Let's blow the whistle on internet porn

I work for a federal agency that investigates sexual crimes against minors.
I share in the recent outrage at Penn State’s leadership for not doing its duty in reporting alleged sexual abuse. During this time when national indignation has been roused against sexual crimes and their cover-ups, we must also ask if we are doing our part in “reporting” a significant contributor to sexual abuse: so-called adult or legal pornography, and particularly internet pornography.
It’s easy to cover up this problem. Studies show that internet porn is used regularly by most men between the ages of 18 and 40, and by a significant percentage of women. It’s seen as a normal part of one’s sexual life.
In The Social Costs of Pornography, however, a wide variety of medical experts and social scientists studied the harmful effects of pornography, in particular, the ubiquity, realism, and addictiveness of internet pornography. Mary Anne Layden, the Director of the Sexual Trauma and Psychopathology Program at the University of Pennsylvania, explains that pornography can trigger a variety of negative behaviors and attitudes, including behaviors both illegal and pathological. Frequent users of porn report seeking out images that once appalled them, such as illegal and obscene images of S&M and bestiality. They have also reported following the slippery slope from adult porn to child porn.
This makes psychological sense. To receive the same pleasure from viewing pornography, one must resort to more and more explicit and varied images. Such range is readily available on the internet. And why is internet porn so addictive? By offering a near limitless variety of sexual objects, internet porn tends to hardwire the brain to desire more of it, more often.
If pornography addiction leads people to search for increasingly extreme and varied images, is it surprising that some eventually descend into child pornography? One leader of a national youth organization, whom the federal government prosecuted, admitted that he had frequently viewed adult internet porn, but when he came across an image of child porn, he was hooked. Recently, a local youth leader in the Dallas-Fort Worth area was arrested for having images of girls having sex with men. His ex-wife said he had “pornography issues.” He stated what “started out as a curiosity ended in a compulsion.” These stories are ubiquitous.
Any compulsion or addiction to look at child pornography is no defense to criminal prosecution. But perhaps many now “looking” instead at 10 to15 years in a Federal pen would never have downloaded child porn if the “endless of harem of sexual objects” on the internet had not first corrupted them.
Perhaps most people who view internet pornography will never possess or distribute child pornography. Nevertheless, pornography carries with it a host of other problems. Studies show that pornography impedes healthy and fulfilling sexual relationships between spouses, particularly caused by the husband not enjoying sexual relations with his wife and spending time away from his family, alone with internet pornography. At a recent convention of divorce lawyers, participants indicated that over half of divorces involved one party being obsessed with internet pornography. And so the tally of pornography victims increases.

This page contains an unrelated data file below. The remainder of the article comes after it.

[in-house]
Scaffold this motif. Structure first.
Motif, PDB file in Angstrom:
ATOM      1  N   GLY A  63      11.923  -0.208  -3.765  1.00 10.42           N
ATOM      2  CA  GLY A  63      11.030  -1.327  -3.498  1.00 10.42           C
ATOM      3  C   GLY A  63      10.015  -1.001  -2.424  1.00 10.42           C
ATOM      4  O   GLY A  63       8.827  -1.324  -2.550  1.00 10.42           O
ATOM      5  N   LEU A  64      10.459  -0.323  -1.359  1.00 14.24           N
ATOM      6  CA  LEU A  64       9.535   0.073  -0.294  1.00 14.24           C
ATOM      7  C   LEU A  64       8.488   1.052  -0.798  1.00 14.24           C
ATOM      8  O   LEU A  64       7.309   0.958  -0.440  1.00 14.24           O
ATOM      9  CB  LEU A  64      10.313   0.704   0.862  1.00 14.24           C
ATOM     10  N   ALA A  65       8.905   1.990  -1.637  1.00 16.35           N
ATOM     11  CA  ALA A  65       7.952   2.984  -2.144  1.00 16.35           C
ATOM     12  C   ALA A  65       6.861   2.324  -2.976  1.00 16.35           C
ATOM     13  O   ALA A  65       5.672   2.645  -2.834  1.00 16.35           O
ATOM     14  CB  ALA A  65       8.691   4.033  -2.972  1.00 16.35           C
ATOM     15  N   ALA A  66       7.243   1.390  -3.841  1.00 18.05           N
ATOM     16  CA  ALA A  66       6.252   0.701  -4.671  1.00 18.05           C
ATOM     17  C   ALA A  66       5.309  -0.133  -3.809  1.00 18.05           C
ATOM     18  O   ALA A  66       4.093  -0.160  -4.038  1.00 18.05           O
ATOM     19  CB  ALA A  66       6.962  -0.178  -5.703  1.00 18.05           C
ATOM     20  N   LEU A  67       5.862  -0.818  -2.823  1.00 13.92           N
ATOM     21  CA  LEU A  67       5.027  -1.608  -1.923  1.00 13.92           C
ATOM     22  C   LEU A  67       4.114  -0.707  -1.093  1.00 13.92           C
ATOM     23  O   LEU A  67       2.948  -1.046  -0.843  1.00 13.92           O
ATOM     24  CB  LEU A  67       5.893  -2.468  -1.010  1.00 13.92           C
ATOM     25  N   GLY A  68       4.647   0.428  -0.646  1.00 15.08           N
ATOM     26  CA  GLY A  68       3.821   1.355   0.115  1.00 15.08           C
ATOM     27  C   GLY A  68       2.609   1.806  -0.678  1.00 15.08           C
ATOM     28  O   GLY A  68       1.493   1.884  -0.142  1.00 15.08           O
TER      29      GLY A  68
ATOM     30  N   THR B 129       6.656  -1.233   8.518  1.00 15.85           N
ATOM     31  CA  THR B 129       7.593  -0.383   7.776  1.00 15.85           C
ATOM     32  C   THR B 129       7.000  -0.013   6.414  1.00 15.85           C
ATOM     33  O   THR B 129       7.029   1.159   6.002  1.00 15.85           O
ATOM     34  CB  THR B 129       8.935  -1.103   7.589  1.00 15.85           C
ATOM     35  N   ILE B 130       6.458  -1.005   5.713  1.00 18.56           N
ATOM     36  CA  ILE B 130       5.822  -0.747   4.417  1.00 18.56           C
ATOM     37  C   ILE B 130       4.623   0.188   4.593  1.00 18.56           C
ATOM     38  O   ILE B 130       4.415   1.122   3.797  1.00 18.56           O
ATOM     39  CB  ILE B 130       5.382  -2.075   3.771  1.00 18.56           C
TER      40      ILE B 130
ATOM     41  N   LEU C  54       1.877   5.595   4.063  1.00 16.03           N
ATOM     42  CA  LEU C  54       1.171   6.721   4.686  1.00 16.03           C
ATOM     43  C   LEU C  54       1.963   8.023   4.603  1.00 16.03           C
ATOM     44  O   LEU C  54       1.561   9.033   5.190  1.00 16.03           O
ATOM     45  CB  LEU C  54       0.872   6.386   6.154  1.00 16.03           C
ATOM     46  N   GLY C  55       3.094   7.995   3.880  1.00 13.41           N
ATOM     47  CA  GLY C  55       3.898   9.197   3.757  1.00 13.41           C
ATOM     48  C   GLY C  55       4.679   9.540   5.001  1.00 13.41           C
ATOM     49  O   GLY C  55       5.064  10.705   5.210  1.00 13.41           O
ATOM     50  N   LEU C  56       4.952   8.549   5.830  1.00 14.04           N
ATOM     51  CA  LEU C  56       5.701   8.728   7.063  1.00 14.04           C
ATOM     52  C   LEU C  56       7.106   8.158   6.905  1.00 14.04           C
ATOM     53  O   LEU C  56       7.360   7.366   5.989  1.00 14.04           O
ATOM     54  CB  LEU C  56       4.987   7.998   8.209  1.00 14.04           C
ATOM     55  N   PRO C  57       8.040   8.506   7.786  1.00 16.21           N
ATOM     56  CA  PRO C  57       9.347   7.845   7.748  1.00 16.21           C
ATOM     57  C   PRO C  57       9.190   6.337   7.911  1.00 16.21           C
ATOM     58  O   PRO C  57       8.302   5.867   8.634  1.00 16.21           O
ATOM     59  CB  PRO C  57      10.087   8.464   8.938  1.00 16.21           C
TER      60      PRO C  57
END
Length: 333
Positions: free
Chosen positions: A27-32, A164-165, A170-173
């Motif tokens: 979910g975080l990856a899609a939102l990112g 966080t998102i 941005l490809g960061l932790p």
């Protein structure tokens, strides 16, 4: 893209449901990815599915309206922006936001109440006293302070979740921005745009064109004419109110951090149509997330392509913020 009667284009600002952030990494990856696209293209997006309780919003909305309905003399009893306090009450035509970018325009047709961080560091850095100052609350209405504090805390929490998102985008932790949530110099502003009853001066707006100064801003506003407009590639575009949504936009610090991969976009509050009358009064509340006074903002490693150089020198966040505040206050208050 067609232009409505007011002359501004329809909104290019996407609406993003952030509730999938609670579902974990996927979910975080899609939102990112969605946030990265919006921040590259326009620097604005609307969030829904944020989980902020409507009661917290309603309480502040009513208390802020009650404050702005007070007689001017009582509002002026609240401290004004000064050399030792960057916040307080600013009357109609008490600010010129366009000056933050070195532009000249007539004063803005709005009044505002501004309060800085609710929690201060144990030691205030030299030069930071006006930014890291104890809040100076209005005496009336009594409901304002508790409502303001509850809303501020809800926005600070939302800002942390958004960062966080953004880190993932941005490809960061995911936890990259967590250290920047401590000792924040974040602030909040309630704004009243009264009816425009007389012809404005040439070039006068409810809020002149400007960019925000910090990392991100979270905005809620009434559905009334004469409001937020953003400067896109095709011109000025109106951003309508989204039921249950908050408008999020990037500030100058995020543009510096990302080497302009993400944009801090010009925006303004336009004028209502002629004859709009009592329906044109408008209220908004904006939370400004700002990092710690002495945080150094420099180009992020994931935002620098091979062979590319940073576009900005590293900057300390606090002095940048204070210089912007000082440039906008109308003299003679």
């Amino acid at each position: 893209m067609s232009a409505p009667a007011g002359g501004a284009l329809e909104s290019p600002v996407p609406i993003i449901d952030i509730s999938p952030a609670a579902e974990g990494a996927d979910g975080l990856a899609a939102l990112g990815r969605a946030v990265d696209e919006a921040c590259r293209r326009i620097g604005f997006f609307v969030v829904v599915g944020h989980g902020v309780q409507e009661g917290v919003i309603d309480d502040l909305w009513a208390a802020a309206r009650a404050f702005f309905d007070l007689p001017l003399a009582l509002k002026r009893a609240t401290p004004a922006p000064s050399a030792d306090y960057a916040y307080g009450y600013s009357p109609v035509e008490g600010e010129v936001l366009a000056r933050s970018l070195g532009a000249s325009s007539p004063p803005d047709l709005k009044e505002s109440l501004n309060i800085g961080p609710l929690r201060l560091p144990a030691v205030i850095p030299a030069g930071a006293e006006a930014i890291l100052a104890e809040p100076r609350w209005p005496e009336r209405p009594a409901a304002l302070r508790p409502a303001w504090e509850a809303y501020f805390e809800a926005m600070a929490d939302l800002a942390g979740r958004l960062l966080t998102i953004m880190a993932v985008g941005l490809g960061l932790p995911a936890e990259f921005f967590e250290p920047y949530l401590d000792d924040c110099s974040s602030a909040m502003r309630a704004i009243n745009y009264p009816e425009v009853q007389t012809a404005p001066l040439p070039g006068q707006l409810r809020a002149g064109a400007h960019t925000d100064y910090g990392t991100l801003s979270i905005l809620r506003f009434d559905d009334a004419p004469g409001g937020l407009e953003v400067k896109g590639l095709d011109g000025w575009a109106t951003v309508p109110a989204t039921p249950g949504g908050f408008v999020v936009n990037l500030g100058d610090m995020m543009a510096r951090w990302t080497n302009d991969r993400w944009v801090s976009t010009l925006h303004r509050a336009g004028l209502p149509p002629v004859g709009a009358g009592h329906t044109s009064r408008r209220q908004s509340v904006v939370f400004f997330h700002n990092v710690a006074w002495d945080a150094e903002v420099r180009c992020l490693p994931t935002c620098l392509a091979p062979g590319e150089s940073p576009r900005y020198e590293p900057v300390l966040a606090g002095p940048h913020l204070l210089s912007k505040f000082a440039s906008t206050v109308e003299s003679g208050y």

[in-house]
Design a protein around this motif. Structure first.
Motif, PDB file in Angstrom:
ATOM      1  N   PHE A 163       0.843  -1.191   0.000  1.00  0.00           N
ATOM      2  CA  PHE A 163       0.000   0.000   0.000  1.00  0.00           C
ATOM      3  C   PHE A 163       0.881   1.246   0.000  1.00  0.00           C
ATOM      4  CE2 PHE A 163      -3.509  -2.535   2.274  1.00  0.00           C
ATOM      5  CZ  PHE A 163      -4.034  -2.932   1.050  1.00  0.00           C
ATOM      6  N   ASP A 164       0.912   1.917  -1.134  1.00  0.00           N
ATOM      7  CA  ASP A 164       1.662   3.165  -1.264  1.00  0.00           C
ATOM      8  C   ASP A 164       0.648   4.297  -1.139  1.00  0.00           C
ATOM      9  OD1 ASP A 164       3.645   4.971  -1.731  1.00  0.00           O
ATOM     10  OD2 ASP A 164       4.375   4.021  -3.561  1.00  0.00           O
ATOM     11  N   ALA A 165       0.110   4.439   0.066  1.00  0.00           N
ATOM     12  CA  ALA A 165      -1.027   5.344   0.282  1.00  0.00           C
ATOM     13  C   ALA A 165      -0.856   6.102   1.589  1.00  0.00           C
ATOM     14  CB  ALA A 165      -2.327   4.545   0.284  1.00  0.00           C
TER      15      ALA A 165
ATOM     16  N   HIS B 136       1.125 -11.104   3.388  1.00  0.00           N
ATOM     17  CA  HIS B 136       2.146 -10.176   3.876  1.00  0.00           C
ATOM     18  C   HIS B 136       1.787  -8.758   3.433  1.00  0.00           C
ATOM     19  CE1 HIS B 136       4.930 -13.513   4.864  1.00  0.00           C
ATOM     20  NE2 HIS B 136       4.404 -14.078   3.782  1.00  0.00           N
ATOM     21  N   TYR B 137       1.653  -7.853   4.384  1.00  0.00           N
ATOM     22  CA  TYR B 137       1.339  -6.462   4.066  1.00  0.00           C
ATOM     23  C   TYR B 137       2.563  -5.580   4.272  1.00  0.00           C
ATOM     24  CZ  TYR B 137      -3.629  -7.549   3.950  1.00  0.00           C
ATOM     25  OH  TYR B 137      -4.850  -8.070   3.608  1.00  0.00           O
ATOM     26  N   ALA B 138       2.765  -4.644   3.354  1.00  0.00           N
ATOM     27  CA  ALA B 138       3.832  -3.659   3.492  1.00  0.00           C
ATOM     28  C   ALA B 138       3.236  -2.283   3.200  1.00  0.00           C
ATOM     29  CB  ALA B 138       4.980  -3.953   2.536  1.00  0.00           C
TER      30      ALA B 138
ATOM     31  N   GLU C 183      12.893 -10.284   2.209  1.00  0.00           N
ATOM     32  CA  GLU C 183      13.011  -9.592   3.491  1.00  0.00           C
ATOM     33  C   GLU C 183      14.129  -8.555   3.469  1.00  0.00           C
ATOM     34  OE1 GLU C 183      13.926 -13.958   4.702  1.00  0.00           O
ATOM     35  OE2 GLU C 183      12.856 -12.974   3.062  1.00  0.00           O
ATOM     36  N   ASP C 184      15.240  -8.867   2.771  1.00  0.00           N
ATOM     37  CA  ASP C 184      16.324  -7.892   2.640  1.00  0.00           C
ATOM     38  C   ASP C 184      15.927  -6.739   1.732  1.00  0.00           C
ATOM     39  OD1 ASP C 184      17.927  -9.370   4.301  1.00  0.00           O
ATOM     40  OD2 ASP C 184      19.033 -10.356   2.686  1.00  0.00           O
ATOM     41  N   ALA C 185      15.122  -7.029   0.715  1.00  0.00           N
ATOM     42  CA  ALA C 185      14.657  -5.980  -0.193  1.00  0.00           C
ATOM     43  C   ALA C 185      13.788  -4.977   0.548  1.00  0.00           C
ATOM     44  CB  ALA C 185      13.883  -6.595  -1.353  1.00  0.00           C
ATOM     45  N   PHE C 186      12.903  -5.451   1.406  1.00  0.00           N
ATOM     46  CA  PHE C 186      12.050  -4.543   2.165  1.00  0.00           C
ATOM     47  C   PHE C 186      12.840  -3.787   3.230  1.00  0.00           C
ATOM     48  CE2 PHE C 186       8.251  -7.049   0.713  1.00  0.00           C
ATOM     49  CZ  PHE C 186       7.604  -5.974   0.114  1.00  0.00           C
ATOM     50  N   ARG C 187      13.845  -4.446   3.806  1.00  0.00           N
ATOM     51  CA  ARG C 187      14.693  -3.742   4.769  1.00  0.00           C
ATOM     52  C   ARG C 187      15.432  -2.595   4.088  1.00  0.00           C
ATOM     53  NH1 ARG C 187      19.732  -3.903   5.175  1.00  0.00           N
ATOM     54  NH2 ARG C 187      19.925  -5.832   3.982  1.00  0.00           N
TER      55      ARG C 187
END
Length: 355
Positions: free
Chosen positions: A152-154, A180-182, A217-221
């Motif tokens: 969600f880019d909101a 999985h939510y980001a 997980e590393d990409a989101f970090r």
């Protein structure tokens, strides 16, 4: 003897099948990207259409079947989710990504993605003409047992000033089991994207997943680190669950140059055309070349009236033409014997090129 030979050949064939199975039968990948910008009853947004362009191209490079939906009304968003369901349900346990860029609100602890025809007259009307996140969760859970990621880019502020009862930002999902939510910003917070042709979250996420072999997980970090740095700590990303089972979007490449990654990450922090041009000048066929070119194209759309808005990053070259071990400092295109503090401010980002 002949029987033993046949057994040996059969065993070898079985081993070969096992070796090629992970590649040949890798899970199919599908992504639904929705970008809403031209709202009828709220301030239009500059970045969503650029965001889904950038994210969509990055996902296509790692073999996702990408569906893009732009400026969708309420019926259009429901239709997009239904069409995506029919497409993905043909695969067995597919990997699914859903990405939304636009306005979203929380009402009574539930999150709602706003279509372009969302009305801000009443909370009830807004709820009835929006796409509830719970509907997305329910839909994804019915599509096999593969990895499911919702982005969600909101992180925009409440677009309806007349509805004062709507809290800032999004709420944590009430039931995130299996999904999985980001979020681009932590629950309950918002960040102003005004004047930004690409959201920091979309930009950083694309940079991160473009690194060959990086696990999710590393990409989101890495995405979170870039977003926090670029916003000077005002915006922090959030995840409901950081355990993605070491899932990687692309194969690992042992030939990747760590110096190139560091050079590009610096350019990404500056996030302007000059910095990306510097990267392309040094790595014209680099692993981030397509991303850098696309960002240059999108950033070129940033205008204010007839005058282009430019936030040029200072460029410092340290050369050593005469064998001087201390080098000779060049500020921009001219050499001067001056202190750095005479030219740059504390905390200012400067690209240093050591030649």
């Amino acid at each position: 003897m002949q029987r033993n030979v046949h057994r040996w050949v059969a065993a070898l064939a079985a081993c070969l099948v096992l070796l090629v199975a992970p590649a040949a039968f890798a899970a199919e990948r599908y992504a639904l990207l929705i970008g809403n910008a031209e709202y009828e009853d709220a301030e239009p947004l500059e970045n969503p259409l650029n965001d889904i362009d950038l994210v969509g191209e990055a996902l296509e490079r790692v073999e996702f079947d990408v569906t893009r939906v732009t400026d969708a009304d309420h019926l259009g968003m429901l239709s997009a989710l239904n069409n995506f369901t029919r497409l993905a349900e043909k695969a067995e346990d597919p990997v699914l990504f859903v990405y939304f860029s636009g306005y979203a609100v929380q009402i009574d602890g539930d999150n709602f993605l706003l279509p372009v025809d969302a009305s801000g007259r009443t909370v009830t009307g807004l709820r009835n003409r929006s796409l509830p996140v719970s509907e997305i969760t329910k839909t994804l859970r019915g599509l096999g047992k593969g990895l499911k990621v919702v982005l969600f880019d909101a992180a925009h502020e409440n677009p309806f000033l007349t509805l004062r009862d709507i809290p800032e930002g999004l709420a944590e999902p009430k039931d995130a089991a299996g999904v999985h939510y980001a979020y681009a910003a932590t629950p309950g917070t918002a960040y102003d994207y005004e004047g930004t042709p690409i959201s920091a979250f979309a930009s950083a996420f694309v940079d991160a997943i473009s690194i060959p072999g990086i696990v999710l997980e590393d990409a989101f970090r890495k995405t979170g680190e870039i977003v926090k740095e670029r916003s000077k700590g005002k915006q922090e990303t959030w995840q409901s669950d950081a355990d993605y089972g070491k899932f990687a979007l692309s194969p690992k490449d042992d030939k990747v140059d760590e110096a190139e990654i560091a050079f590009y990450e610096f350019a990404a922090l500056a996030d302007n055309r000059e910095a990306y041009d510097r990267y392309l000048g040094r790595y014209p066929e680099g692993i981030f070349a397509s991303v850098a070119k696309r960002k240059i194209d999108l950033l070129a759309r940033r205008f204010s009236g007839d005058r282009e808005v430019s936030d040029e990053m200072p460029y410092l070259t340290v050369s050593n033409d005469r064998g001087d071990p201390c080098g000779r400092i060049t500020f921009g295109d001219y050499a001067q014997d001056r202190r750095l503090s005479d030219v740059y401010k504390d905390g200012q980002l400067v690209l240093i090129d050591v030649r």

If we are going to truly fight back against child pornography and the sexual abuse of minors, we have to fight back against its “parent.” Stockholders should divest from companies with holdings in porn. Pornographers should be required to post warnings about the addictiveness of their product, and the psychological harm it can cause. Those who produce computers should do so in ways that help people have “freedom from porn,” in the words of Steve Jobs.
Most important in the struggle to push back against internet pornography is education of the youth. Parents, schools, and communities must help young people avoid pornography, giving them good reasons to reject its allure.
Shakespeare described lust as “the expense of spirit in a waste of shame; Had, having, and in quest to have, extreme.” And this extreme, manifest in the sexual abuse of minors, is supercharged by internet pornography. Internet pornography leads to pathology, wreaks havoc on families, and endangers our nation’s children. It’s time to confront and report this abuser. Paul B. Hunker III is an attorney for a federal law enforcement agency in Dallas, Texas. He graduated from Georgetown University Law Center in 1992, Marquette University in 1989, and is a resident of Dallas, Texas. The opinions expressed herein are solely those of the author and do not necessarily reflect those of the United States Government or any agency thereof.  


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